“I’m just beginning. The pen’s in my hand… ending unplanned”
The first scene of Mike Carey and Peter Gross’ The Unwritten, set within a fictional novel, shows us a Harry Potter-esque narrative where young magicians face up against an evil vampire for one last battle. Filled with magical devices, secret spells, and entry-level lore, the sequence offers an easy hand for us despite telling a story which has apparently already been going on for thirteen novels. And much like Harry Potter, it’s a story which pretends at depth whilst letting you wallow happily at the shallow end of the pool.
The characters are simple, the threat is easy to spot, and the pretty ideas which wing their way around the narrative are there to keep you distracted from a host of deus ex machinas and chekov’s guns. You know, all the once-literary terms which critics hoist at fantasy series as they sneer away at all-ages fiction. But within the fictional world of The Unwritten and it’s fictional world of Tommy Taylor lies a concept which changes the rule of fiction: it doesn’t matter if you’re telling a good story, a bad story, using a bunch of artificial tropes or letting the characters “live” on the page. If your audience believes what you tell them, they’ll accept it as real.
Such is the case for Tom Taylor, our protagonist, who was the basis for “Tommy Taylor”, a series of popular all-ages fantasy novels which have apparently been read by 40% of the world’s population. Written by his mysteriously-vanished father, the book series isn’t completed, and that leaves behind a massive base of readers who want to know what happens next, and are more than happy to speculate on how Tom’s real-life persona is connected to the fictional wizard who was based on him. The first issue of the series follows Tom’s slightly scummy life as he goes from convention-to-convention, scraping up appearance fees whilst resenting the entire franchise which feeds him a low-level celebrity. He isn’t his own person: he’s the shadow of his father’s fictional character.
But what the series suggests is that Tom’s very real life, his past, his present, are all a meticulously crafted fiction by his father, whilst his fictional life as “Tommy” is actually his true and factual existence. When Tom goes onstage for a Q&A, a woman who calls herself “Lizzie Hexam” steps up to the microphone and questions his parentage. She claims he was actually adopted by his father in order to play into the “Tommy Taylor” mystique: that he wasn’t the basis for Tommy Taylor, but instead Tommy Taylor was the basis for him.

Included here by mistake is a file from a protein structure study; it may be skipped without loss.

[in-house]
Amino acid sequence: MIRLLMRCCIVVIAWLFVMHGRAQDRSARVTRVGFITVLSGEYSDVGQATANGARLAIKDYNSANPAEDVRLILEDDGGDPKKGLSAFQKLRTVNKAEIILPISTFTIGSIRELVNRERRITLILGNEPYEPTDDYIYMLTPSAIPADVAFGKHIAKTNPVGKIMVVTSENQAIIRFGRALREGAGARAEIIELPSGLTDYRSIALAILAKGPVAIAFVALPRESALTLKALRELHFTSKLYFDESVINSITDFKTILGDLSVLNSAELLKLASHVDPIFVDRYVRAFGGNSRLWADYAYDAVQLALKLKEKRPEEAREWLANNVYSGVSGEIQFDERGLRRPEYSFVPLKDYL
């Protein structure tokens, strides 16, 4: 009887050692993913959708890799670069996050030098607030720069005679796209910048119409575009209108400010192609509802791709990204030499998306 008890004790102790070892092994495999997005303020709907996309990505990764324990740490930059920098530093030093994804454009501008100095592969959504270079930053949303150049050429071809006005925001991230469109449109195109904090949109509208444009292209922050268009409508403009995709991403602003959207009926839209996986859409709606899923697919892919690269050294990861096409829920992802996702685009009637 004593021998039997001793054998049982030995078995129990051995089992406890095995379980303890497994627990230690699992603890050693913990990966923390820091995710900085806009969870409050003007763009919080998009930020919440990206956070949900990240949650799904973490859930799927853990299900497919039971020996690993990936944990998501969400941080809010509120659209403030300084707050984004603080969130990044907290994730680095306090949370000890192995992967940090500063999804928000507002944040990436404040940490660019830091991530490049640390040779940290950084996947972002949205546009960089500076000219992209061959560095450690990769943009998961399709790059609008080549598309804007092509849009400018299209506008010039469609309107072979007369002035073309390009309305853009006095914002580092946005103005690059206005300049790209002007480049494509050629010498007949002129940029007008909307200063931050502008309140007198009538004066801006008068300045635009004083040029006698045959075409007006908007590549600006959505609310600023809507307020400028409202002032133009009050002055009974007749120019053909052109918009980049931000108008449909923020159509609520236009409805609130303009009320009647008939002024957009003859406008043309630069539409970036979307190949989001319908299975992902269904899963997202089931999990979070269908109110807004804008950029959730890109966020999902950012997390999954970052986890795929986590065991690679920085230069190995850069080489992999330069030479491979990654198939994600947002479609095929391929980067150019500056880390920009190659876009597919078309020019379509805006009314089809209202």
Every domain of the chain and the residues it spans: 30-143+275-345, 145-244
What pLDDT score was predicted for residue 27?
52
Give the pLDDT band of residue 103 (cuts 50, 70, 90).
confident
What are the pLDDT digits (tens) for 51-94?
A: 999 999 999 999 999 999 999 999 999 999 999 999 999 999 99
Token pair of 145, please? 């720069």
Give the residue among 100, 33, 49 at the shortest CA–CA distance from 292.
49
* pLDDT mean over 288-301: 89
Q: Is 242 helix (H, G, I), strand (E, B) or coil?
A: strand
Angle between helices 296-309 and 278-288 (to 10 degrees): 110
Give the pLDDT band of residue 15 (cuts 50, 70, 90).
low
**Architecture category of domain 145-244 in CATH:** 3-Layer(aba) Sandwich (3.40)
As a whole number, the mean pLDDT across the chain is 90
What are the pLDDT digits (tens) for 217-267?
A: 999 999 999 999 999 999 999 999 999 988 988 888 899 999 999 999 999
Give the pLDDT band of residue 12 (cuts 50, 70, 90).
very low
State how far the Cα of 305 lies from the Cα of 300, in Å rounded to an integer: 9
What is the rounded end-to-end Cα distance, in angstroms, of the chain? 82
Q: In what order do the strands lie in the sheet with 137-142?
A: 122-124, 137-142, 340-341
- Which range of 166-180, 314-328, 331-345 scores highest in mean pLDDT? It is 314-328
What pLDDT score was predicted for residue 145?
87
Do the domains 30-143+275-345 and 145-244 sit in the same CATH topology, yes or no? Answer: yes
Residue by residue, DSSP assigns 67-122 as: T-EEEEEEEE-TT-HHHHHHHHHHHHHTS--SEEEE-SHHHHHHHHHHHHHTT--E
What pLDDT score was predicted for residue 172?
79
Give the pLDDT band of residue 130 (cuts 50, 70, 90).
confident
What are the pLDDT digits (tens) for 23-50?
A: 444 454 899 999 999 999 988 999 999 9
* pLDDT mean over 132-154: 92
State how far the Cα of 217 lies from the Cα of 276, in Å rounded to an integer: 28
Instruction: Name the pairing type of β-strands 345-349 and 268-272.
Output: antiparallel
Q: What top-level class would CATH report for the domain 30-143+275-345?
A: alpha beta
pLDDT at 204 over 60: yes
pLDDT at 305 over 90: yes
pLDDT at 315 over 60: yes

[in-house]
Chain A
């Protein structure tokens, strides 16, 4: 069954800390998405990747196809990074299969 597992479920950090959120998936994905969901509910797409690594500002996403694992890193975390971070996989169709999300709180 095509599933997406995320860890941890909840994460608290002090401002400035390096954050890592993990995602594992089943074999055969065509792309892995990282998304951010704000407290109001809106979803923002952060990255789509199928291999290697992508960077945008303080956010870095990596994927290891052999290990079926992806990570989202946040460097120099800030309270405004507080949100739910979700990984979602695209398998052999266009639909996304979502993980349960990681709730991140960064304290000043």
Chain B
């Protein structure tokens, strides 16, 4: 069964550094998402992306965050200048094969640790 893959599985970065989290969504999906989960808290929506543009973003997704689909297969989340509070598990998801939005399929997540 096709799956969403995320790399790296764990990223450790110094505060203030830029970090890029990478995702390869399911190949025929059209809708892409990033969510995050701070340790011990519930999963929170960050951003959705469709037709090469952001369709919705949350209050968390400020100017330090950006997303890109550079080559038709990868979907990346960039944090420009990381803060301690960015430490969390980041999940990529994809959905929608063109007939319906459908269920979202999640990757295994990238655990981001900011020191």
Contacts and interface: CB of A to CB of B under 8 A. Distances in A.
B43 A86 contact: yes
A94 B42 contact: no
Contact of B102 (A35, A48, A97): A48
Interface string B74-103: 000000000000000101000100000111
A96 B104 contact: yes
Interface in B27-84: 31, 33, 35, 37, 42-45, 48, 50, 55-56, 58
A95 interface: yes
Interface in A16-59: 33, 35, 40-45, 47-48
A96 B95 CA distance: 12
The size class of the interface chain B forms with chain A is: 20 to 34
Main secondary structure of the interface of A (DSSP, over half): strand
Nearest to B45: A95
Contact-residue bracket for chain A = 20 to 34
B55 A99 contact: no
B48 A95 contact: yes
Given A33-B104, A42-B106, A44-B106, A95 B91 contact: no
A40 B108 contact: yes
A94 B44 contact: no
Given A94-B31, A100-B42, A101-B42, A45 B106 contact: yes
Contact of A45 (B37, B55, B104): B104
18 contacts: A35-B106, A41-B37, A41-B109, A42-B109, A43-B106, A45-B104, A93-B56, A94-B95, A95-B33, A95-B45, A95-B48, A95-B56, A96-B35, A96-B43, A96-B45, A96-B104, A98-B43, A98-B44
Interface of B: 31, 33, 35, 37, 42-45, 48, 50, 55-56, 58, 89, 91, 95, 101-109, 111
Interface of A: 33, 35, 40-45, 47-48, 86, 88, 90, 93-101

This causes Tom’s life to start spiralling as people seize upon that idea and start treating it as real. It’s not that there’s huge amounts of evidence to Lizzie’s wild claim that Tom Taylor is a work of fiction – it’s that the internet doesn’t need evidence. What people are looking for online isn’t fact and objectivity, but the most compelling story possible, and once a new narrative about Tom is put out into the world, imaginative readers immediately huddle round it to give it strength. They suggest plausible explanations to support the story, reinforce the cracks within it, and generally treat Tom’s life as a mystery to be solved. The conspiracy theory in-universe is “who is Tom Taylor’s real father?”
And yet as the issue continues onwards, the creative team double-down alongside the conspiracy theorists as they reveal a conspiracy within that conspiracy. The suggestion is not simply that Tom’s childhood was faked, he was adopted, and was given the “Tommy Taylor identity” his father had already created. The real conspiracy is that he’s never had a childhood: the Tommy Taylor novels are real and Tom stepped out of them. We’re dealing with literary magic, here.
The magical element grows throughout the issue. At Tom’s Q&A, we see a cosplayer dressed as Count Ambrosio (Tommy Taylor’s vampiric nemesis) ask Tom a question, but he asks it in-character and pretends that Tom is actually Tommy. “Why did you do this to me” in one of the books, he asks, rather than “why did the Tom character do this to Ambrosio”. However, it’s clear that he’s wearing a costume, and is pretending this is all real, rather than believing it. By the end of the issue, however, we’ve seen the actual Count Ambrosio show up, straight out of the books. He knocks out Tom and drags him to the Globe Theatre – a grand stage for a final confrontation, albeit a characteristically on-the-nose choice, which fits the prose we read at the start.